Last week I had the opportunity to speak to a big conference of financiers on the topic of greenwashing and climate. Here’s what I told them:
The good news: Greenwashing as we know it is out. For the most part, private sector climate commitments are not greenwashing. They are important, ambitious, and genuine, and they offer more potential for progress than any other initiatives now underway.
The bad news: That doesn’t mean corporate climate commitments are going to save the day. As much as I appreciate these voluntary efforts — and we all should — they won’t be sufficient to achieve meaningful progress, especially in the near-term, unless they are backed by more robust government regulation and public policy. This is a big deal because time is of the essence!
The consequence: We still urgently need to come together and engage in some old fashioned organizing and advocacy work. The highest priority for all climate advocates — including, but not only, private sector climate leaders — is to lobby for improved public policy. We need more and better regulations, mandates, and incentives.
Not your parents greenwashing
Environmental critics of corporate climate commitments tend to dismiss them as “greenwashing,” i.e., “a form of marketing spin in which green PR and green marketing are deceptively used to persuade the public that an organization’s products, aims, and policies are environmentally friendly.”
But I don’t think there is significant greenwashing of this type happening anymore. Of course, there are always some bad actors who engage in deceptive practices, and I have no problem naming and shaming those who do. But let’s not get distracted by a relatively minor problem caused by a small minority when there’s so much important work to be done that will actually advance the cause.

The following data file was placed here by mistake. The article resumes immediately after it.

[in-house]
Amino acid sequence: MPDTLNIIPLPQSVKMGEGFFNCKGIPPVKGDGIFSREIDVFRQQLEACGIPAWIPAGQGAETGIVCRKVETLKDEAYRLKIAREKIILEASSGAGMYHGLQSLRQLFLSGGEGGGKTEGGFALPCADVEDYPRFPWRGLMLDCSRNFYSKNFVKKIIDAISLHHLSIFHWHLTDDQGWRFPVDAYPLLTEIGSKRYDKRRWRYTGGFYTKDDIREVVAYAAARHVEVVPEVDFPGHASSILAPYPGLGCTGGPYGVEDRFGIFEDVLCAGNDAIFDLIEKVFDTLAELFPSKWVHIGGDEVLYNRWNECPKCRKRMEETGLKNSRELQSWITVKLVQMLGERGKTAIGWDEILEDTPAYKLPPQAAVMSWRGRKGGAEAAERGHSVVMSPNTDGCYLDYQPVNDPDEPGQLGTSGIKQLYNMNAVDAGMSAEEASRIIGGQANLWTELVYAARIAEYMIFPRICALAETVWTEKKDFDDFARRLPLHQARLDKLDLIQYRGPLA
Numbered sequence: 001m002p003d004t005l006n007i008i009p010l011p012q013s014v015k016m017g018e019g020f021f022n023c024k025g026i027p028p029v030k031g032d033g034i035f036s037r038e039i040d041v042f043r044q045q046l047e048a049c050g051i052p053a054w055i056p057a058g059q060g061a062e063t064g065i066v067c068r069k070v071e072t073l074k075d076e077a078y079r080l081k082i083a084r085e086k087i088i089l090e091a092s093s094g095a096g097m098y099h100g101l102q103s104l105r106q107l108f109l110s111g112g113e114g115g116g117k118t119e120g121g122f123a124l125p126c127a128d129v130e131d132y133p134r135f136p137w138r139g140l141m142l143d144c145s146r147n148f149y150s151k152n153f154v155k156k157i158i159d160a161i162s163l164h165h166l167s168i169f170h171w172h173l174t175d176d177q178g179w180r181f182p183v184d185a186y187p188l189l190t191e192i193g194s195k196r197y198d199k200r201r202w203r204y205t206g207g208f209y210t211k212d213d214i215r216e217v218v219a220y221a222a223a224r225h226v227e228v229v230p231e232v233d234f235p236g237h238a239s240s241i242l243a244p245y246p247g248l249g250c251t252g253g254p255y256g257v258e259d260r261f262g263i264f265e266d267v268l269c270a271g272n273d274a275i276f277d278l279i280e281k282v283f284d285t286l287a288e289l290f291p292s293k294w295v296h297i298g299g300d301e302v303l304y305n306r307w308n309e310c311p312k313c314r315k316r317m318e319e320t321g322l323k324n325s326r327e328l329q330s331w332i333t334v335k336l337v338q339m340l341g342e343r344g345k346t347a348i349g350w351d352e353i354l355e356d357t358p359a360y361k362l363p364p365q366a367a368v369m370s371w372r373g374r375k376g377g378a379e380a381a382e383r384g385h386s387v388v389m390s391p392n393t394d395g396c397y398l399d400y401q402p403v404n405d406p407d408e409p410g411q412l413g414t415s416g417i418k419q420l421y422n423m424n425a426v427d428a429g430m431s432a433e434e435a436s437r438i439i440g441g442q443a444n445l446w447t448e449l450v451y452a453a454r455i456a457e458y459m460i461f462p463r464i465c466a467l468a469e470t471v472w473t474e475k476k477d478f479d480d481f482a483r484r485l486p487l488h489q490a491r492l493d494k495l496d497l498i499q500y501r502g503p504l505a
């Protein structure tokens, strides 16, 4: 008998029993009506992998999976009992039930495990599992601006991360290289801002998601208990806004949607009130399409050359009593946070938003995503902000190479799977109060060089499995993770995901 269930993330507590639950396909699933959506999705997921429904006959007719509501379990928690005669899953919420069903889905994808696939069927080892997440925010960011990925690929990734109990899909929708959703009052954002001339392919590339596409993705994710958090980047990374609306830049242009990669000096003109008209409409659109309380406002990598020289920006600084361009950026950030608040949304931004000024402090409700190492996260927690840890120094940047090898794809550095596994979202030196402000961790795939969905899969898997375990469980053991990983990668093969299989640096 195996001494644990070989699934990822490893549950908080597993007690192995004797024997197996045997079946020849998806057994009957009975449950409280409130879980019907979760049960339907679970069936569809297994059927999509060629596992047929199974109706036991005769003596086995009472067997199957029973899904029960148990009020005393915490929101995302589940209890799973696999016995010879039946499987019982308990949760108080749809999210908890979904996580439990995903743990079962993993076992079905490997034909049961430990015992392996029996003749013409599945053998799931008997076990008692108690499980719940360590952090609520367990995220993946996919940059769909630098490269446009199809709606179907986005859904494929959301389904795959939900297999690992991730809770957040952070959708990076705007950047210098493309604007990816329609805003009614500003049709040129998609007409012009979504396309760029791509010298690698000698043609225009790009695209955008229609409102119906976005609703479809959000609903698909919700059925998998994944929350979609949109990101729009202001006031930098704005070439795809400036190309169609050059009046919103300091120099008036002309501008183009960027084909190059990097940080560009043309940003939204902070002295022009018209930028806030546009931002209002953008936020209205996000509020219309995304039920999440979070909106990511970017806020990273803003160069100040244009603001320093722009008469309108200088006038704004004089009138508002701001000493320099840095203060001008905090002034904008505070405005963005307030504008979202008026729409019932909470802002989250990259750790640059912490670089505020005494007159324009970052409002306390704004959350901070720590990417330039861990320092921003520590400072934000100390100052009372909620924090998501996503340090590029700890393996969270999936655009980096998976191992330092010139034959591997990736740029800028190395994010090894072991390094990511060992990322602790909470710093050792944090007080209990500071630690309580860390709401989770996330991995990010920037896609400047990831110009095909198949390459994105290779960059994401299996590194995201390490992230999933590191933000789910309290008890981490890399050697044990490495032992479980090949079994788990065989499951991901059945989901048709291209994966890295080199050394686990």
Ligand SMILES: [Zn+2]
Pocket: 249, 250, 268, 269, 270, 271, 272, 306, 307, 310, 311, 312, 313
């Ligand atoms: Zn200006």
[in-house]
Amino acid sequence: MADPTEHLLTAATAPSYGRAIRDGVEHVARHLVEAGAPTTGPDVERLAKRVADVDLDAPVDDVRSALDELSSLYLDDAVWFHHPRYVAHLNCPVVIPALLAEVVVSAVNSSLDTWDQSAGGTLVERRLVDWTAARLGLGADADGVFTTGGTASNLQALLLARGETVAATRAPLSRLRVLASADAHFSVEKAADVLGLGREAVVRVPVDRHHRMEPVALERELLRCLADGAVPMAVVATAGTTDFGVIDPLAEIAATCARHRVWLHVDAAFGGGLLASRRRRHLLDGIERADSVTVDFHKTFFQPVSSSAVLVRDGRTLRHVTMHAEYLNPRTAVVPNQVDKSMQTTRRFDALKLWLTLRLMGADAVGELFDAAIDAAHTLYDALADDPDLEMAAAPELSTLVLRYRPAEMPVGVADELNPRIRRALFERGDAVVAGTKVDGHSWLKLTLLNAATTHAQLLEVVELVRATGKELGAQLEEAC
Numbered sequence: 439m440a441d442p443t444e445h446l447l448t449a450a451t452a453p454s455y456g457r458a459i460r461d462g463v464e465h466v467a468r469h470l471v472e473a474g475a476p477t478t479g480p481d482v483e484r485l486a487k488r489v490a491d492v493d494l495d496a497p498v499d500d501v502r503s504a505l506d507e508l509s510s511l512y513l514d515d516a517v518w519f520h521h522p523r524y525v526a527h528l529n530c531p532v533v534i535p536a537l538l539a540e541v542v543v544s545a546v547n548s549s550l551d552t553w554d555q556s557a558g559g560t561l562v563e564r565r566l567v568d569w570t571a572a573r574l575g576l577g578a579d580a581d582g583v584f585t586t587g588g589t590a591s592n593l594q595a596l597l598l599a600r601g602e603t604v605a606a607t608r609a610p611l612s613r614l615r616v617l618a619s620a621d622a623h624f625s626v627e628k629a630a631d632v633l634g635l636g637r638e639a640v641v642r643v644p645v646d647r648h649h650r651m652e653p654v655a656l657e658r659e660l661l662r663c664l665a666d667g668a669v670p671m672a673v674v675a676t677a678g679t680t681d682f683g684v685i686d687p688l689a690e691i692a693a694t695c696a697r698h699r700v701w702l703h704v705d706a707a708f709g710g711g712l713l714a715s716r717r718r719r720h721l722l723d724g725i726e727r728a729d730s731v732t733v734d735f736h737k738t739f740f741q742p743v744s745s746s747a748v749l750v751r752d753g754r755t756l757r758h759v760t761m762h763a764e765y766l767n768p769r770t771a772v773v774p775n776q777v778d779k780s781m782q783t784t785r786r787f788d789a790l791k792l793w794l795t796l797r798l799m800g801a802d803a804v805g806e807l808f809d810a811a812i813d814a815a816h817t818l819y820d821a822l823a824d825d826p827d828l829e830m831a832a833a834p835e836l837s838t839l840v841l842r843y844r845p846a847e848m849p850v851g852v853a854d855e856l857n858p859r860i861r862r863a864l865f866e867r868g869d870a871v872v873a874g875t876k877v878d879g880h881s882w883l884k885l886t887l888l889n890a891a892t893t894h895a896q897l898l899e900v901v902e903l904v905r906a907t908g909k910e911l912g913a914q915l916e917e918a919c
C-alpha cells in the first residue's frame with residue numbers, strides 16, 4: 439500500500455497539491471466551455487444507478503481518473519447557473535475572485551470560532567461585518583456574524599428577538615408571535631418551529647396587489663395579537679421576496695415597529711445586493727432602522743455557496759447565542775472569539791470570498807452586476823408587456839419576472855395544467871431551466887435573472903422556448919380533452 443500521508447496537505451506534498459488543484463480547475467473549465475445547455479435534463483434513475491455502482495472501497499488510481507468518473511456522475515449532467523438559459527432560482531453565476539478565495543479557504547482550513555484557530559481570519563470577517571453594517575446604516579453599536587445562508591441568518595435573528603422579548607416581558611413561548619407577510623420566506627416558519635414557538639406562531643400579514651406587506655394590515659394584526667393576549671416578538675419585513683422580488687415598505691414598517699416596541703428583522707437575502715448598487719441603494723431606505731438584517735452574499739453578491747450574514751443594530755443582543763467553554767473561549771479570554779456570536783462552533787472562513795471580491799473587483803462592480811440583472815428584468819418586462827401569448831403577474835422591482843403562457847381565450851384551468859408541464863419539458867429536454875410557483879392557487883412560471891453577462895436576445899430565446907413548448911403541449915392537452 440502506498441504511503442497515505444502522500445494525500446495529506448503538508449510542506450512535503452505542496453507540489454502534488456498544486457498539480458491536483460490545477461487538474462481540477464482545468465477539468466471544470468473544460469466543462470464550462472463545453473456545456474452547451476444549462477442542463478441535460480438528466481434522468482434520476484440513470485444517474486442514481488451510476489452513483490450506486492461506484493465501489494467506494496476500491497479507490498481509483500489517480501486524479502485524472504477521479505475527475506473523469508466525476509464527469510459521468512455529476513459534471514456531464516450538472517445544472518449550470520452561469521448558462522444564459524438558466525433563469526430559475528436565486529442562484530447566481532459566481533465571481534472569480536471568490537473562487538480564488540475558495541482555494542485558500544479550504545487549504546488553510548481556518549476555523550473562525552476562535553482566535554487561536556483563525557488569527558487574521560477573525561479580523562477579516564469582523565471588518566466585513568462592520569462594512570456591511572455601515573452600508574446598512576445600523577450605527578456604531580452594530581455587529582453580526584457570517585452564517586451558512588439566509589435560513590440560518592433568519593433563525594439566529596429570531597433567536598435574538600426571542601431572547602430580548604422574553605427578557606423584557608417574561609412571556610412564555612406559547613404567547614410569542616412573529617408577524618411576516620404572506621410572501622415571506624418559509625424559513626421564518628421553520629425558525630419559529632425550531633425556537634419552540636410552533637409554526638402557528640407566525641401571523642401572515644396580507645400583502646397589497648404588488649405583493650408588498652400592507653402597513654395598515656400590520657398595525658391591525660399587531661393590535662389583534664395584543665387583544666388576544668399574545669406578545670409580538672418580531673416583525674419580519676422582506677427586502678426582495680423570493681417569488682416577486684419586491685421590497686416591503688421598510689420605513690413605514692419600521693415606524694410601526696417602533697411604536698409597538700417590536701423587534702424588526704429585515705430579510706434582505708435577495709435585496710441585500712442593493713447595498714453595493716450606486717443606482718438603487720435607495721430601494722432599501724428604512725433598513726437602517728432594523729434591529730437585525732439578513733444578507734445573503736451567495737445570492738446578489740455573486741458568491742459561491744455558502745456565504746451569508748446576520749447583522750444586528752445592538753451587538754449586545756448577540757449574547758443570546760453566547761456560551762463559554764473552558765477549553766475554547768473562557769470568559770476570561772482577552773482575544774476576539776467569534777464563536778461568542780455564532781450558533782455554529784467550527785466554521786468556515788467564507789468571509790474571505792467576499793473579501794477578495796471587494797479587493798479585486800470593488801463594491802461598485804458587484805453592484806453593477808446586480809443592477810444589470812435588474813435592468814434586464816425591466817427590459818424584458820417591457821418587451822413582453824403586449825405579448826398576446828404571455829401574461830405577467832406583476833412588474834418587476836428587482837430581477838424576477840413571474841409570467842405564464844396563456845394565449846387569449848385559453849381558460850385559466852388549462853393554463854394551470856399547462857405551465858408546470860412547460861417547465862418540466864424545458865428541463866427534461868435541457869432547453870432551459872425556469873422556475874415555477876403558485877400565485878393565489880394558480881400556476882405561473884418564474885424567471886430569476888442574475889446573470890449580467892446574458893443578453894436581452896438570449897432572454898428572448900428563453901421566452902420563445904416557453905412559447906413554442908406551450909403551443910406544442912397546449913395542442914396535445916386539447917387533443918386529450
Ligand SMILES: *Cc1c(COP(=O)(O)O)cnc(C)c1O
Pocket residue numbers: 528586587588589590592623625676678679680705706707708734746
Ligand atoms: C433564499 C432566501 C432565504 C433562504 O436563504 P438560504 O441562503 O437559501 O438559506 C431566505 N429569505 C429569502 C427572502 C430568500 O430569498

And, in today’s very transparent world, it’s really hard to get away with anything for very long — the villains will likely end up being outed either way. (So business people considering greenwashing, take note: your plan is very unlikely to work.)
While there may not be as much intentional deception going on, when we look at the overall state of corporate climate action, there may be a new, more insidious kind of greenwashing underway — not ill intentioned but harmful nonetheless. Encouraged by all the highly visible business discourse and activity aimed at climate progress, advocates might be lulled into complacency, concluding that somehow the private sector alone can get the job done. That would be a big mistake.